by Suzan Abrams

She swung around the room in a
spectacular fashion,
in what one might perceive to be a state of
metaphysical vibrations.
And soon there was a melting away of
pent-up tension,
as she eagerly trounced up a
pulsating gyration.
No doubt, a Bedouin honoured
and herself the nemisis, inherent of its
solitary tradition.

Credit: Clip art from Yasmina’s Joy of Bellydancing

by Suzan Abrams

I am a clown

the majesty of my brevity,
in a battle, and
juggling the last freefall
of my destiny.
I may touch the ground
still mentally sound, or
be branded
mortally wounded for

These little lines came to me in a dream last night – just as they are – and I’m only too glad I remembered them when I woke up. I lost some rhythmic patterns and had to re-construct. One in a while, this happens.

by Suzan Abrams

And when she stirred, he
the artful dodger,
pictured her toss a pillow as
one would slip a winding nightfall out
the window
before secrets be named and shamed.
She of course, the silent exemplary saint.
And so now he went to her, ready
to embrace the halo from where she slept,
while still clasped in a waiting
angel’s palm.
by Suzan Abrams

It is morning time and the sunshine burns bright,

in the lost time light, in
a world past the cold black night.

Where a pretty blue sea tosses up waves for a glisten,
and boats go a-bobbing, just close your eyes and listen.
One, two, three and a cheerful four,
see them hide behind my childhood door.
Now when I am sad or caught up in strife
I’ll see the sunshine sparkle up my life.
Then I’ll sail the ocean on a bouncy whim,
and catch the magic of a happy swim.


by Suzan Abrams

Dublin Diary…April 30, 2009: The spring in Dublin did not know quite how to be today. The afternoon light had turned ephemeral in its display of warmth and affection. Cradled by a shadowed cloud, the weather rose and heaved with the matronly spirit of an operatic sigh. It stayed torn between the embrace of a lingering winter chill and a maypole song. The crowd cajoled this reluctant goodwill with the obstinate merry mood that spilled out of sidewalk cafes and which would cause tiny concert stirs in Temple Bar and on Grafton Street. May the many bands of buskers continue to celebrate the music of accordians, acoustic guitars and of drums. May soapbox poets sell their chapbooks with the glory afforded to saints. May self-invented carnivals help lure the sales.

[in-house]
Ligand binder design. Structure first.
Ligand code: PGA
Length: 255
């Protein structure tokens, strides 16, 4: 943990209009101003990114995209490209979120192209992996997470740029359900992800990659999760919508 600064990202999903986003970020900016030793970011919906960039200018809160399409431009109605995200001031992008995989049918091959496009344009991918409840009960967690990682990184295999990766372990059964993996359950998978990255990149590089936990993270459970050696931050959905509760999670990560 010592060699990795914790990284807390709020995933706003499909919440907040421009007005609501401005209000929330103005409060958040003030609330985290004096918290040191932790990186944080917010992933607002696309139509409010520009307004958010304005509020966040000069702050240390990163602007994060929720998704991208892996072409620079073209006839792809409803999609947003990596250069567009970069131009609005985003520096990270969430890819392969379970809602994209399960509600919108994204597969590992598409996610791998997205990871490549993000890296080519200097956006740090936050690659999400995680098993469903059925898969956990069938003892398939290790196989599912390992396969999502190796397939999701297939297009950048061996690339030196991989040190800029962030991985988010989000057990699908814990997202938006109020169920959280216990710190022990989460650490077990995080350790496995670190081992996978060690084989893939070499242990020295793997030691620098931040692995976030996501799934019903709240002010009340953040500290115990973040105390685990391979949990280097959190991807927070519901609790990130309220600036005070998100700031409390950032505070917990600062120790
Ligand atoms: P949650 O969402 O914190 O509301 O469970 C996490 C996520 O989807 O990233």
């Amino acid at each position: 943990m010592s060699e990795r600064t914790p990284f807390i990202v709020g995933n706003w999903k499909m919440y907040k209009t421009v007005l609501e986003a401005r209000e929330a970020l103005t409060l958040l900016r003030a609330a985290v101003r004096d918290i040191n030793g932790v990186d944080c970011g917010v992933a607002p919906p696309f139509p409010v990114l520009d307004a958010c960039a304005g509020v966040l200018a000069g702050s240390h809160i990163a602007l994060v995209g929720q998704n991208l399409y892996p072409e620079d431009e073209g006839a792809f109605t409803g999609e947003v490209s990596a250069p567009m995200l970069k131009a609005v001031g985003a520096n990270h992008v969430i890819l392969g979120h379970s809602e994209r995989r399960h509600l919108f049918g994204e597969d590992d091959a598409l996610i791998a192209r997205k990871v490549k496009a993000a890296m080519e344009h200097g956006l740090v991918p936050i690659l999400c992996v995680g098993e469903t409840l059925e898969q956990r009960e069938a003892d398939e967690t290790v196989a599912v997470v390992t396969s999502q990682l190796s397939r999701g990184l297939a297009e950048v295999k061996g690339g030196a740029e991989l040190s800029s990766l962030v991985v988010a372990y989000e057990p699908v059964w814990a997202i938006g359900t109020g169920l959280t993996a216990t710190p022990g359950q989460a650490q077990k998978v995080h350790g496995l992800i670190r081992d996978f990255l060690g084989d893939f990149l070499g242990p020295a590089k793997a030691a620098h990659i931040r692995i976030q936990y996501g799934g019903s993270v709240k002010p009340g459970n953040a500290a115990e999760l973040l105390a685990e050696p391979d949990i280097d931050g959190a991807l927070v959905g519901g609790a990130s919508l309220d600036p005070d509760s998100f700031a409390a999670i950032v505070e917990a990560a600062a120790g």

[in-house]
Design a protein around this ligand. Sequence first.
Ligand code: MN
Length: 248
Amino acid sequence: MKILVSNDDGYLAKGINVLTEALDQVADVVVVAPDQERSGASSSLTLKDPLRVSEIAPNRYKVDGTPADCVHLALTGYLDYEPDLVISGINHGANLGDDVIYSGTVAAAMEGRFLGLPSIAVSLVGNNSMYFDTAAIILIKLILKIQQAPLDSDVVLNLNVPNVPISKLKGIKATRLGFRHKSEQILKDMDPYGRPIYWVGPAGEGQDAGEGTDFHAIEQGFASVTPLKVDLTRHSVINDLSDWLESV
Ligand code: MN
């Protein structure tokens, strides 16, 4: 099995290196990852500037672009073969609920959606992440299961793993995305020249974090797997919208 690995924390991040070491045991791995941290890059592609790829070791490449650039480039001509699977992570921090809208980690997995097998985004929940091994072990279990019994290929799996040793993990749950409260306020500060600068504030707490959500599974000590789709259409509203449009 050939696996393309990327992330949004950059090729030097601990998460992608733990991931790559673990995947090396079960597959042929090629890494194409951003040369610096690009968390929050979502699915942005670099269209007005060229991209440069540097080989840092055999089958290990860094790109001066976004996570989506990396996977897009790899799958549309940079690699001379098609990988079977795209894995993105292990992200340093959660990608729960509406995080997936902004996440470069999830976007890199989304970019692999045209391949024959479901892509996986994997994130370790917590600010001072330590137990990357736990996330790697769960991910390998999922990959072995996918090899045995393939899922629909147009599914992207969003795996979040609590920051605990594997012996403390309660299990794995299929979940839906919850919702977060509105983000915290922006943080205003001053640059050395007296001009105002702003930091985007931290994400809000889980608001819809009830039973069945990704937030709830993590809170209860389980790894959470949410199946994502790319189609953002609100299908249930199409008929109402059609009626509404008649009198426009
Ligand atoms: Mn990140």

I went on a walkabout with books in a bag and a hand in my pocket. I purchased yet more newer titles. Four in all, add on the 10 from two days ago and I’m still counting. Today, it was The Children’s Book by A.S. Byatt and Nocturnes by Kazuo Ishiguro, Eugene McCabe’s The Love of Sisters and David Leavitt’s The Indian Clerk; the last tale appropriately encased in its memorable hardback. I drank one cuppa too many. My heart whistled where only the mind could hear. In the strange glorious light, my soul thumped up an orchestra.

Curtained by a hurrying dusk, the spring closed in on its exquisite Irish garden in the middle of city scrapers and the madly-dancing Liffey under the Ha Penny bridge. All at once, I thought of shiny sculptured mannequins in a stilled catwalk fence sashaying up a lonely barren window.

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